Tell us about your writing process.
I often mull over ideas in my head for days or weeks before I place them in any kind of written form. The first draft is likely to be in long hand on some kind of scrap paper because it comes with such lightening speed I have to scramble to get it out of my head and onto paper. Outlines tend to be lists of plot progressions or character descriptions. Sometimes conversations start running around in my mind so I write them down before they become ‘that neat thought I had the other day’. Sometimes I just set down and begin to write whatever is on my mind at the moment. That’s not always good. It’s not always a story. I’ve kept journals for years and have been teased for my long letters. When concentrating on a specific plot, anything goes. I may be feverishly tapping words at the keyboard when another thought strikes from out of nowhere so I have to scramble to find paper to jot that thought down quick so I don’t forget.
For Fiction Writers: Do you listen (or talk to) to your characters?
My characters are very real people to me while I’m writing about them. Sometimes I ‘borrow’ my characters’ physical attributes from people I have encountered in my life or from famous actors. That’s more so I can visualize them in my mind. The personalities of my characters always tend to evolve on their own. As the plot thickens, so to speak, the real persona of each character develops all by itself. More often than not my characters surprise me with the depth of their emotions or actions.
What advice would you give other writers?
Just sit down and write. It’s the only way. If you are truly driven to write, the act of writing, the desire to write and to perfect what you write through learning in workshops, classes, etc. or just by practice will become a natural daily task you need to do…or you will crave to do when something keeps you from those designated writing/work hours. No one but you has the ability to take the stories, articles, poems from your mind and place them on paper by way of a pen, pencil or keyboard or through some form of spoken dictation.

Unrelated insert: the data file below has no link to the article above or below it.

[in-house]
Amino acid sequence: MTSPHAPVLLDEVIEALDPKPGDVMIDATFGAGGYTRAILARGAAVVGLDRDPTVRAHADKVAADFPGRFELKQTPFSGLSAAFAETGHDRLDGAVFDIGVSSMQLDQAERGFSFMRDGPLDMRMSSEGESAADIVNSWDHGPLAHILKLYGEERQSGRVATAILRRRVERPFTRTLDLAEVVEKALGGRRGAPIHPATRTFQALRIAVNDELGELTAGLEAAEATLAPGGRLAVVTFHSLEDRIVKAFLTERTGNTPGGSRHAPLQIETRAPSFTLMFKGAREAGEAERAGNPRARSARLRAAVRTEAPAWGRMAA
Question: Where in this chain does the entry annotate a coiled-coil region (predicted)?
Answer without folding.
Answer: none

How did you decide how to publish your books?
For many years I sent submissions off to various publishers or editors with the specified S.A.S.E. enclosed. Most everything was rejected. I had more luck with non-fiction than fiction so I stuck to non-fiction for a while. But my heart was not in non-fiction. I wanted to write fiction. I wrote fiction and ended up storing much of those manuscripts in what I fondly refer to as my ‘writing archives’. Eventually, I found a publisher who was interested enough to help me polish my writing technique into something they wanted to publish. Both of my first fiction e-books were published by AKW e-Books. Unfortunately, AKW closed its doors as of December 31, 2014. I’ve been luck that my editor/publisher and a couple other AKW writers have become personal friends. Through their encouragement, because they have also decided to go independent, I have too. The world of an independent writer is different, all right. It’s also intriguing and I like the knowledge that what I publish is primarily on my timeline and under my control.
What do you think about the future of book publishing?
I believe e-books are the future. As people become more and more dependent upon electronic devices they are going to gravitate more and more to e-books. Not that trade paperbacks and hard bound or coffee table books will ever go away. They will just have to move over a bit and provide room for their electronic counterpart.
What genres do you write?: non-fiction (personal experience), contemporary, romantic suspense
What formats are your books in?: eBook
All information in this post is presented “as is” supplied by the author. We don’t edit, to allow you, the reader, to hear the author in their own voice.